The only saving grace is another person helping out with clarification. :slight_smile:

(P.S. I wasn’t even recalling your post but addressing others.)


The standards don’t get released immediately but that gives those who contributed to the group an edge. They are the only ones who know what is coming and they can prepare for it. Their devices will be the first to implement it or at least be compatible. It is not a quick process. Adopting new technology is also expensive so cheaper phones will take a lot longer to catch up even when it is released. About a year ago everyone said this would happen quickly and we are still waiting.


Well, the release of an IEEE standards committee makes it to all the players who will do something with it. The standard committee is made up of those who support the effort financially. But others can join, they just don’t get participation in establishing the standard. And standards are a starting point and only written in stone for the minimum requirements.

It’s like the drug industry would have to share their product without copyright protection letting anyone build a better product from that. :wink:


I’m not complaining just explaining. Since I use Apple products and they are part of the group setting the standards I am sure I am likely to be happy with the end result.


I mentioned a while ago that I’d contacted Nick Hunn, the chair of the Bluetooth SIG Hearing aid working group. Here is his response. I don’t think he’d mind me quoting it.

Apologies for the delay in approving this – it got caught in a junk folder I didn’t even know existed.
As far as the Bluetooth work is concerned, we’re trying to enable a decent quality audio stream for both voice and music which will not have a major impact on battery life. I suspect that many users will employ that for listening to TVs, as well as voice for phone calls. There’s very little delay, so if someone else is listening to the TV normally and you’re receiving the Bluetooth stream you won’t experience any delays. We’re also supporting broadcast audio, which will probably replace telecoils to provide good quality over larger areas, as well as making it much cheaper to provide public access.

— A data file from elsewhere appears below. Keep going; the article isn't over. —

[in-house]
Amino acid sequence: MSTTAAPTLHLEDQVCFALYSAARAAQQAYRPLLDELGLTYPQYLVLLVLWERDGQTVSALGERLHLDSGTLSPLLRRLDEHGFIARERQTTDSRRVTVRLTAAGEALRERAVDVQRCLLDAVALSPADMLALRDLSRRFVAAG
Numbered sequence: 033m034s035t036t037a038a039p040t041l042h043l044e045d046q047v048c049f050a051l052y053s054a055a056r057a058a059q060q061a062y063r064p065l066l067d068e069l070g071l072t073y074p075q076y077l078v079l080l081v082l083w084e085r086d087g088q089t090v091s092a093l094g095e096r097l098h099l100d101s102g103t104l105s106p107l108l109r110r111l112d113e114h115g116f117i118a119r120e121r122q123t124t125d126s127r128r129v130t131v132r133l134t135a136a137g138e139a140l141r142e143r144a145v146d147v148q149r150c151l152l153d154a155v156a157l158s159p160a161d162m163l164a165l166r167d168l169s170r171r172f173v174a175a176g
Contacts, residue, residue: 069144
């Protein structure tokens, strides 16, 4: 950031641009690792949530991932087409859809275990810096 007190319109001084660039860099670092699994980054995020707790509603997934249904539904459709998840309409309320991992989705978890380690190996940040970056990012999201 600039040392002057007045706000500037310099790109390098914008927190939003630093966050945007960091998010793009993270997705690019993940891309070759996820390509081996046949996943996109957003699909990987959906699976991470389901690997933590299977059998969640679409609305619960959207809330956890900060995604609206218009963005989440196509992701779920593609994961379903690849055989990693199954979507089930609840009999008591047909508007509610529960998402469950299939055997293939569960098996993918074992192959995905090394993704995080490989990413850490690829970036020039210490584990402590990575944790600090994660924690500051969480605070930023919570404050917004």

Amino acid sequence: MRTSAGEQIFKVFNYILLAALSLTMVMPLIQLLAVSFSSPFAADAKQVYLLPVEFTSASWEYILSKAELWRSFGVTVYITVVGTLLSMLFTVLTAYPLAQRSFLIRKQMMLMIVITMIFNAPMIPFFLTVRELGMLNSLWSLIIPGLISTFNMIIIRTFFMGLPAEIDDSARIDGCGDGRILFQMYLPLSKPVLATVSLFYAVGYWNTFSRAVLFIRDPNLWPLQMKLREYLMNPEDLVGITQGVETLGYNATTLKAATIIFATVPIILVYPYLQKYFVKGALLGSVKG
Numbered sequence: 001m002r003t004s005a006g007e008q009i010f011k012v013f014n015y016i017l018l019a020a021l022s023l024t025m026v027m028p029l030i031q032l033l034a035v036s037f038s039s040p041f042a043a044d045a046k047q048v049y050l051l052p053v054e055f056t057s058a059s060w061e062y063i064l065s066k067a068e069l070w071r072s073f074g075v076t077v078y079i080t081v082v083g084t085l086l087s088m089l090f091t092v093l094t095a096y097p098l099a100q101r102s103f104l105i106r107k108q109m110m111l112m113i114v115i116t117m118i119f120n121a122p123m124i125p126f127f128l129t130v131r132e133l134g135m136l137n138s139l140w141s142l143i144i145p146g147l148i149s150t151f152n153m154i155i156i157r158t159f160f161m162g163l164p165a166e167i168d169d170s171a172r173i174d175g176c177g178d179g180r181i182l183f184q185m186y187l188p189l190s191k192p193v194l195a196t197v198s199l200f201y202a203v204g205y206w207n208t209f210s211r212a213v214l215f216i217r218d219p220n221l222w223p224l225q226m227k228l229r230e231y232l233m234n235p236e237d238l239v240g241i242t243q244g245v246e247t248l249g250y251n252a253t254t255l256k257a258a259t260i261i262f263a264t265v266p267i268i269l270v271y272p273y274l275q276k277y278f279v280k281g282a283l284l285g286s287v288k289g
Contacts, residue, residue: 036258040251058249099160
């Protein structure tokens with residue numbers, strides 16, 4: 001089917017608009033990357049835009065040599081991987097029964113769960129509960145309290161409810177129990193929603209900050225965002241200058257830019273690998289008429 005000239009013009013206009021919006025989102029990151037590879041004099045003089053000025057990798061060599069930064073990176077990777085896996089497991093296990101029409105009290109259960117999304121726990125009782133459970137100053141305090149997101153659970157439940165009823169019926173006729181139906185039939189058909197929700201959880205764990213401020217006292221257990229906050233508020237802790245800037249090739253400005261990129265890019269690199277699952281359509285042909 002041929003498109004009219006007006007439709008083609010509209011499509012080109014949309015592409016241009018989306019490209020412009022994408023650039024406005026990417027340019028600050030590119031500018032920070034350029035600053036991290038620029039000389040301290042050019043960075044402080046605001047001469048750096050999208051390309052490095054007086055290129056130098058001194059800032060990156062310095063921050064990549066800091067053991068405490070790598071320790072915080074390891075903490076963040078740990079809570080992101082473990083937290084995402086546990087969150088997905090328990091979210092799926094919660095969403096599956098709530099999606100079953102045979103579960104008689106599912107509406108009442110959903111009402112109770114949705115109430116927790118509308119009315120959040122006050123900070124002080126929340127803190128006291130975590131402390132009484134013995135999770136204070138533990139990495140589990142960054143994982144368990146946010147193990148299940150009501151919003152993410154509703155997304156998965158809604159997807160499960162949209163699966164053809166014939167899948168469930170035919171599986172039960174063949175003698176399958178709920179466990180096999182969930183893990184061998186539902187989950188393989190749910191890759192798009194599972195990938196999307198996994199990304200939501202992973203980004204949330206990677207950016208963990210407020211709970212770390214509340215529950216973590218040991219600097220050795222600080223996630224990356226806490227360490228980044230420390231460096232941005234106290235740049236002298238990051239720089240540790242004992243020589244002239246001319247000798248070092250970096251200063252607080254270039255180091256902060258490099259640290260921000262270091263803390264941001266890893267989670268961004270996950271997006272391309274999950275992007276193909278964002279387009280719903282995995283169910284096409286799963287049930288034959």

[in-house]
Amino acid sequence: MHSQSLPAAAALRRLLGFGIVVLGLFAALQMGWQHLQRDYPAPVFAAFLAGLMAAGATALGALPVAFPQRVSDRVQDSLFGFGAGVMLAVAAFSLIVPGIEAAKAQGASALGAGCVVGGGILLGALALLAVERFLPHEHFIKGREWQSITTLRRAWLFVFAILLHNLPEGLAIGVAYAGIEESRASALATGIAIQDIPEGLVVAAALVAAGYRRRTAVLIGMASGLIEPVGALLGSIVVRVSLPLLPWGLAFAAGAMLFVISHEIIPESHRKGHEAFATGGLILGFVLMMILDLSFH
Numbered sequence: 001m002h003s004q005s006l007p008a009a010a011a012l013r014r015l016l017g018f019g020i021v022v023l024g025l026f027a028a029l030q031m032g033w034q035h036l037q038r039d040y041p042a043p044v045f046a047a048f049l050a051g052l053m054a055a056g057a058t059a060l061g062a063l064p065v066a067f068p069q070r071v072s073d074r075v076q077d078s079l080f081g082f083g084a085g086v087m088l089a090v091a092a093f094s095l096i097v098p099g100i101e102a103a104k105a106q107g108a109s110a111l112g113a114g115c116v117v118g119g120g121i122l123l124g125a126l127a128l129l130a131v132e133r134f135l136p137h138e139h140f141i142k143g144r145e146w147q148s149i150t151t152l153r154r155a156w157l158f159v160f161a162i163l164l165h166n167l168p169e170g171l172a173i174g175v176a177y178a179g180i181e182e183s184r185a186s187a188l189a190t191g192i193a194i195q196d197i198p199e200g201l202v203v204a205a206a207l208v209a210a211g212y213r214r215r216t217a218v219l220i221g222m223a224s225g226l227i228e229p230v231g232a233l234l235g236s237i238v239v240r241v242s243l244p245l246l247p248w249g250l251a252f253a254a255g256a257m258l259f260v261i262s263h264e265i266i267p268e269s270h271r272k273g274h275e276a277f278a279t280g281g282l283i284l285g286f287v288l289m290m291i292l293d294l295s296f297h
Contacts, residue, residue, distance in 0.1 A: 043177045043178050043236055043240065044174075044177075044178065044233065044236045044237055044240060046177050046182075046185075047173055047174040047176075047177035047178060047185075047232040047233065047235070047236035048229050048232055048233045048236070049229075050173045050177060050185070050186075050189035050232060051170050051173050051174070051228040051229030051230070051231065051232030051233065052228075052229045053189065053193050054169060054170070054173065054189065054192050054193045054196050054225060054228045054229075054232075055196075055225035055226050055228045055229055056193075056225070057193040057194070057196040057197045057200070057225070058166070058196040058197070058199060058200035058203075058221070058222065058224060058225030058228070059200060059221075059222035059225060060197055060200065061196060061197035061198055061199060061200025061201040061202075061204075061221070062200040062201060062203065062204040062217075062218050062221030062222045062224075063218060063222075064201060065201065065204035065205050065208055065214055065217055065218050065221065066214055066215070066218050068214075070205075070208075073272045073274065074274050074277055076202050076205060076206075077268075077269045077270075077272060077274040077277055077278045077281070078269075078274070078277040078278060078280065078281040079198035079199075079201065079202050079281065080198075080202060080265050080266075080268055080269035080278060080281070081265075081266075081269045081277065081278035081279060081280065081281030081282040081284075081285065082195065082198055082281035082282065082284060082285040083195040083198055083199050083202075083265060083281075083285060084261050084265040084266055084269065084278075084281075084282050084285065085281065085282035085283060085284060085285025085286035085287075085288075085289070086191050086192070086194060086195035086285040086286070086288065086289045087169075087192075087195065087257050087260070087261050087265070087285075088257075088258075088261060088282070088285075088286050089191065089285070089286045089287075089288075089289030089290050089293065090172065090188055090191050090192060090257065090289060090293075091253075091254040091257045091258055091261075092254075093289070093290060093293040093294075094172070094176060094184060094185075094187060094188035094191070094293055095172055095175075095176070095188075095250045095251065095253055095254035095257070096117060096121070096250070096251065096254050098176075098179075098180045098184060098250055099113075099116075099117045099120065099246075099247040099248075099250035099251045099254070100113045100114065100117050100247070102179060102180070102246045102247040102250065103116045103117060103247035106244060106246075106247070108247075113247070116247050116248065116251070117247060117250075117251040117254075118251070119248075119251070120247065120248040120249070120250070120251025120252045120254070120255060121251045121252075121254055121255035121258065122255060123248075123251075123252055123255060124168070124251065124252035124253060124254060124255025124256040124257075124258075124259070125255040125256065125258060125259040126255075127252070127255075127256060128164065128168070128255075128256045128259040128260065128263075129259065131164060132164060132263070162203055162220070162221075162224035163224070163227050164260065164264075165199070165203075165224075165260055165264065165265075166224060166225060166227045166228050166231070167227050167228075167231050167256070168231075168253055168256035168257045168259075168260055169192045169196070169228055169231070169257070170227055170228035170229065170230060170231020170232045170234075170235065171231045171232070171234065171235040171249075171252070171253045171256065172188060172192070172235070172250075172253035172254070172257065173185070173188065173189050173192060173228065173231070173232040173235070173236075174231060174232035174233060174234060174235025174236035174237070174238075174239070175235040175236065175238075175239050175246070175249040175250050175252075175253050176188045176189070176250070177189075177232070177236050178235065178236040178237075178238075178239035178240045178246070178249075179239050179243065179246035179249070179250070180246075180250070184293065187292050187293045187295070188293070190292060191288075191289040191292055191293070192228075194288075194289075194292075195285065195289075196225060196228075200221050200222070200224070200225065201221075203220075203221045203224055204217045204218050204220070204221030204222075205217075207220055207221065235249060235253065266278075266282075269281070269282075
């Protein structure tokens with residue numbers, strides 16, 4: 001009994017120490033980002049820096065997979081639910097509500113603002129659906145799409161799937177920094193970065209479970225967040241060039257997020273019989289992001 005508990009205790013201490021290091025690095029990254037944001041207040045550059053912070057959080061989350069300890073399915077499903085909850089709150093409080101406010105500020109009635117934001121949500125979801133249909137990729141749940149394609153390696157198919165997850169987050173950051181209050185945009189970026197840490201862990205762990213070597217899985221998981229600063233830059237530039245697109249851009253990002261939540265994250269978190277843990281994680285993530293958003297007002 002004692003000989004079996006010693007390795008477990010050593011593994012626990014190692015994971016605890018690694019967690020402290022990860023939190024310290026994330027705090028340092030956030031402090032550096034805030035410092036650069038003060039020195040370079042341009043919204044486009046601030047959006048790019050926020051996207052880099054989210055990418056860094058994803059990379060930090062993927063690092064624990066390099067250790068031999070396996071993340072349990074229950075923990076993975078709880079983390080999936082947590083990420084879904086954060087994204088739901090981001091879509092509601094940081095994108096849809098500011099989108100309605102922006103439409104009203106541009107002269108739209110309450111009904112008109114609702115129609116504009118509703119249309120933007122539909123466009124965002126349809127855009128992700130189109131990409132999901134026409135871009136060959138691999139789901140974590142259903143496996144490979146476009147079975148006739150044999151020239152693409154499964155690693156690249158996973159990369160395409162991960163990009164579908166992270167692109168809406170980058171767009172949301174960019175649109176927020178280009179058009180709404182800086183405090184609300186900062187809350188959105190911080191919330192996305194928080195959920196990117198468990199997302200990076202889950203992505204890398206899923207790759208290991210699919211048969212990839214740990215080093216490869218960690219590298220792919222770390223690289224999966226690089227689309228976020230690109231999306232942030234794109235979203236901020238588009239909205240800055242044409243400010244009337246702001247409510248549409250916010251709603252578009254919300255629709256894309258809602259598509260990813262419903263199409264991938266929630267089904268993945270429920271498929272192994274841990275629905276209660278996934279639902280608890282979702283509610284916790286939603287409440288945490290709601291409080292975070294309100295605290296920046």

The usage models have been driven by hearing aid manufacturers as well as consumer audio companies, so we’re focusing on a spectrum of qualities. At the end of the day, the specification is essentially a toolbox of capabilities. I don’t know which ones will be adopted first by hearing aid, phone and TV manufacturers, nor what other bells and whistles they may add. What I hope is that it provides an opportunity for innovation over the coming ten to twenty years. Nor can I predict when these products will come to market, as it needs manufacturers of both ends of the link – i.e. hearing aids and TVs or phones to support it. What I can say is that there is massive enthusiasm within the different industries, although getting standards into new products always takes longer than we would hope.


Thanks for forwarding that d_Wooluf.
Man…Apple sure got the jump on everybody didn’t they.
Can’t wait for this all to be standardized and adopted and rolled out.